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Superfund Research Program News

Out of the classroom and into the lab

High school freshmen assess uptake of toxic metals by plants in collaboration with the Biomarker Mass Spectrometry Lab Emily Liu and Sara Zangi, freshman at East Chapel Hill High School, developed an award-winning, hypothesis-driven research project exploring phytoremediation as a method to remove heavy metals from contaminated water, specifically examining the biosorption and rhizofiltration properties of four… Read more »

Family guide to eating locally-caught fish in the Triangle now available

Eat Fish, Choose Wisely: A Family Guide to Eating Locally Caught Fish in the Triangle is now available to help inform fishermen at Triangle-area waters about local fish consumption advisories.  Creation of the guide began in 2014 in response to concerns from community partners, Lake Crabtree County Park and environmental non-profit Sound Rivers, about people… Read more »

Commercializing passive sampling technology to enhance the risk analysis process

Dr. Damian Shea and his team at North Carolina State University have developed a new passive sampling technology that provides more accurate estimates of chronic exposure to hundreds of bioavailable chemicals in water, as part of the UNC Superfund Research Program’s Project 4. In addition, a new start-up company, Statera, LLC, has been created by… Read more »

Prenatal exposure to cadmium associated with increased risk of pre-eclampsia

October 6, 2015 Researchers from the University of North Carolina at Chapel Hill have demonstrated for the first time an association between levels of the toxic metal cadmium in the placenta during pregnancy and increased risk of the mother developing pre-eclampsia. The researchers also examined interactive effects of essential metals selenium and zinc with pre-eclampsia… Read more »

Fry selected as director of UNC Superfund Research Program

August 27, 2015 Rebecca Fry, PhD, associate professor of environmental sciences and engineering at The University of North Carolina at Chapel Hill’s Gillings School of Global Public Health, has been named director of the UNC Superfund Research Program. The program, based in the Gillings School and supported by a $14 million grant from the National… Read more »

Environmental health sciences postdoc awarded grant to study Fanconi anemia

August 12, 2015 Rui Yu, PhD, the Leon and Bertha Golberg Postdoctoral Fellow at UNC Gillings School of Global Public Health, has been awarded a two-year, $160,000 grant from the Fanconi Anemia Research Fund. Yu’s study, “Identifying the nature of the endogenous aldehydes-induced DNA damage that Fanconi anemia DNA repair pathways counteract,” is being conducted… Read more »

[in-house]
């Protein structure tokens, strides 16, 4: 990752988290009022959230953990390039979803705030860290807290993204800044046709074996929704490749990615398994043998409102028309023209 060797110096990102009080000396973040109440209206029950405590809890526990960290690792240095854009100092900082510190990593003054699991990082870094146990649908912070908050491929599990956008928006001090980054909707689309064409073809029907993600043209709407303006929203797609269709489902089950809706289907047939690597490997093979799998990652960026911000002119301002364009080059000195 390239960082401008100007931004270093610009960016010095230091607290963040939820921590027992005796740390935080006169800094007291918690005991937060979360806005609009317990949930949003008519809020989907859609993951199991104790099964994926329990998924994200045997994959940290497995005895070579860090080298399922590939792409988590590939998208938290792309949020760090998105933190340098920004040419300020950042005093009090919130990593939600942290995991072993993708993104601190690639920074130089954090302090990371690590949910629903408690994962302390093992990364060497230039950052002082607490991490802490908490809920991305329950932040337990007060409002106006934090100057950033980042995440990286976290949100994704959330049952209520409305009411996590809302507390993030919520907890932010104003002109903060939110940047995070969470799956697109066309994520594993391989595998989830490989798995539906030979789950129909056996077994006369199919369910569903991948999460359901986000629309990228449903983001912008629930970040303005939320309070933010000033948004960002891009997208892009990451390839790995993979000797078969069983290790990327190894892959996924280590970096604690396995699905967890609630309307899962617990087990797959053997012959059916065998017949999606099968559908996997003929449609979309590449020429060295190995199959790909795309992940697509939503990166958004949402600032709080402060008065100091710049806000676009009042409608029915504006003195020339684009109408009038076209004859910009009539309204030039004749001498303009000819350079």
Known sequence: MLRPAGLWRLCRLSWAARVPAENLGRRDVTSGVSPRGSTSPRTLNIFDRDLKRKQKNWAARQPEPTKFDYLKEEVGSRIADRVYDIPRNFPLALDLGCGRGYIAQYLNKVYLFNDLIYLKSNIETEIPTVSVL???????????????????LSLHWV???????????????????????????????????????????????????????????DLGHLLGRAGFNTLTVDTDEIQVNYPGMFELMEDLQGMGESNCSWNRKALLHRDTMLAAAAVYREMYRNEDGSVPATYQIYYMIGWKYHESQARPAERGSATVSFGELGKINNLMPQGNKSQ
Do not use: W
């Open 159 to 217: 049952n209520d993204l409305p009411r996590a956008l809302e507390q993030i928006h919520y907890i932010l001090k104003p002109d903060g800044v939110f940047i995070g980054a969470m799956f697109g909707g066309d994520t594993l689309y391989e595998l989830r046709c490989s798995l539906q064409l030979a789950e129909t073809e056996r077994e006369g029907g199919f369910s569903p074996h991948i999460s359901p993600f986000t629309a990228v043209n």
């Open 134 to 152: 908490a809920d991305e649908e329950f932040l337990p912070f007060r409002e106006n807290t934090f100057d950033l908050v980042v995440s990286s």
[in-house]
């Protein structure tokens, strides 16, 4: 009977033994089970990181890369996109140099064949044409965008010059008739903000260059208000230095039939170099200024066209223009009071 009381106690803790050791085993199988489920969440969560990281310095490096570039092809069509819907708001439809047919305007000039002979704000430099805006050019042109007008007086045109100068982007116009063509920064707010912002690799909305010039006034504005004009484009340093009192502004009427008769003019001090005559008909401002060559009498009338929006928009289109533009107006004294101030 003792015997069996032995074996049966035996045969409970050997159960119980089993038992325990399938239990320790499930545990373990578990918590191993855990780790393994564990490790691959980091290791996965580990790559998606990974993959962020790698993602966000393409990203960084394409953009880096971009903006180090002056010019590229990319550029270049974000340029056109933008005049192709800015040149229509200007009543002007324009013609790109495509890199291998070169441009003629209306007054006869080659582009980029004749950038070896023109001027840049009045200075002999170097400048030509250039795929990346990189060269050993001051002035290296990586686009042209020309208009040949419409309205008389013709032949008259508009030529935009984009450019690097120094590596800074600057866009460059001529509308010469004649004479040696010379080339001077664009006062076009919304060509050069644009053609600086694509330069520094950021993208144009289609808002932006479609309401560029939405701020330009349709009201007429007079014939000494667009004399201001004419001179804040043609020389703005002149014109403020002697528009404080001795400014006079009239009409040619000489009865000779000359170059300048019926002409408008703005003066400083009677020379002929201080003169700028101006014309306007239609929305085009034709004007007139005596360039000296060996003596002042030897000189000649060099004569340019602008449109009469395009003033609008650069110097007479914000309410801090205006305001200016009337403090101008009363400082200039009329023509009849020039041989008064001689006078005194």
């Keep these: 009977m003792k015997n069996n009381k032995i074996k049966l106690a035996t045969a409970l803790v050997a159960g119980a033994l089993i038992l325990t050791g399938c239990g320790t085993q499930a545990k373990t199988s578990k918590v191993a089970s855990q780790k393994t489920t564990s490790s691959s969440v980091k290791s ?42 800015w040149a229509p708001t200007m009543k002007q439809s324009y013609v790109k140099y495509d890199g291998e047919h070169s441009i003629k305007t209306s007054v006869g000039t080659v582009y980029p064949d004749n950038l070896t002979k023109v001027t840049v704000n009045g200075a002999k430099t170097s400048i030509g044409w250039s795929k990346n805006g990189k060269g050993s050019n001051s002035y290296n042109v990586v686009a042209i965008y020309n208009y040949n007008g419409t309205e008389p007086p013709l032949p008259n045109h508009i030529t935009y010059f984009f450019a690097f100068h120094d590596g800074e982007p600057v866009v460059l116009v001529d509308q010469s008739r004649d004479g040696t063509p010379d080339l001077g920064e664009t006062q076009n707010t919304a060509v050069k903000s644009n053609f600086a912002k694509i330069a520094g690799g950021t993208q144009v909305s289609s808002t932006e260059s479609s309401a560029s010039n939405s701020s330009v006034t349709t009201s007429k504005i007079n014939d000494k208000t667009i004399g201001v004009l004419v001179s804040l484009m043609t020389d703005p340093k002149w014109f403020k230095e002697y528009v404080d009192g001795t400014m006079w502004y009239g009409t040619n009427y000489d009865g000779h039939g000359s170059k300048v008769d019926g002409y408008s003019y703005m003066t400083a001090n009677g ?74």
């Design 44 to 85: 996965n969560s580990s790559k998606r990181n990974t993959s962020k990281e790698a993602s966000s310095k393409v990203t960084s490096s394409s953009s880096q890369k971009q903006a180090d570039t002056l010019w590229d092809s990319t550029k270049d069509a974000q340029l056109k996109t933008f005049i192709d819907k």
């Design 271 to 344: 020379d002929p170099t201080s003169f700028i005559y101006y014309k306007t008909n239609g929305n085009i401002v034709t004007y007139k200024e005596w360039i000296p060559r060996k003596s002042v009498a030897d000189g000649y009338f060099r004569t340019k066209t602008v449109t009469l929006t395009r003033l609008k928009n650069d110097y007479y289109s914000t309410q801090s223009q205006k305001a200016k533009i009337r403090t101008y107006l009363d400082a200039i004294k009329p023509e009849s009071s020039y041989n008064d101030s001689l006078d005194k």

Building capacity to incorporate innovative biomedical science into life science instruction

UNC SRP’s RTC science educator Dana Haine, MS was invited to lead a six-hour workshop titled Integrating Epigenetics into your Biology Curriculum for 24 high school science teachers at the July 2015 Environmental Health Sciences Summer Institute hosted by the Texas A&M Health Science Center. Ms. Haine featured the epigenetics research of SRP scientist Rebecca… Read more »

Training emerging scientists to communicate their research broadly

Sixteen UNC SRP postdoctoral and graduate student trainees improved their skills in communicating research to broad audiences, thanks to a supplemental grant from NIEHS. Trainees participated in three skill-building sessions this spring that allowed them to practice presentation skills, develop an elevator speech, and apply adult learning principles in an effort to improve their ability… Read more »

Marie Curie Research Fellow joining Aitken Lab

Dr. Joaquim Vila, a postdoctoral researcher at the University of Barcelona, has received a prestigious Marie Curie Research Fellowship from the European Commission to support two years of research in the Aitken lab. Dr. Vila will be working with Dr. Aitken to study the biodegradation of PAHs and other polycyclic aromatic compounds that are typically… Read more »

Study highlights relationship between prenatal arsenic exposure and adverse health outcomes in newborns

In a recent study, researchers in Dr. Rebecca Fry’s lab have demonstrated that pregnant women in Gómez Palacio, Mexico are being exposed to potentially harmful levels of inorganic arsenic in their drinking water and highlighted a negative relationship between maternal arsenic metabolite concentrations in urine and adverse health outcomes for the newborn. The paper, Maternal… Read more »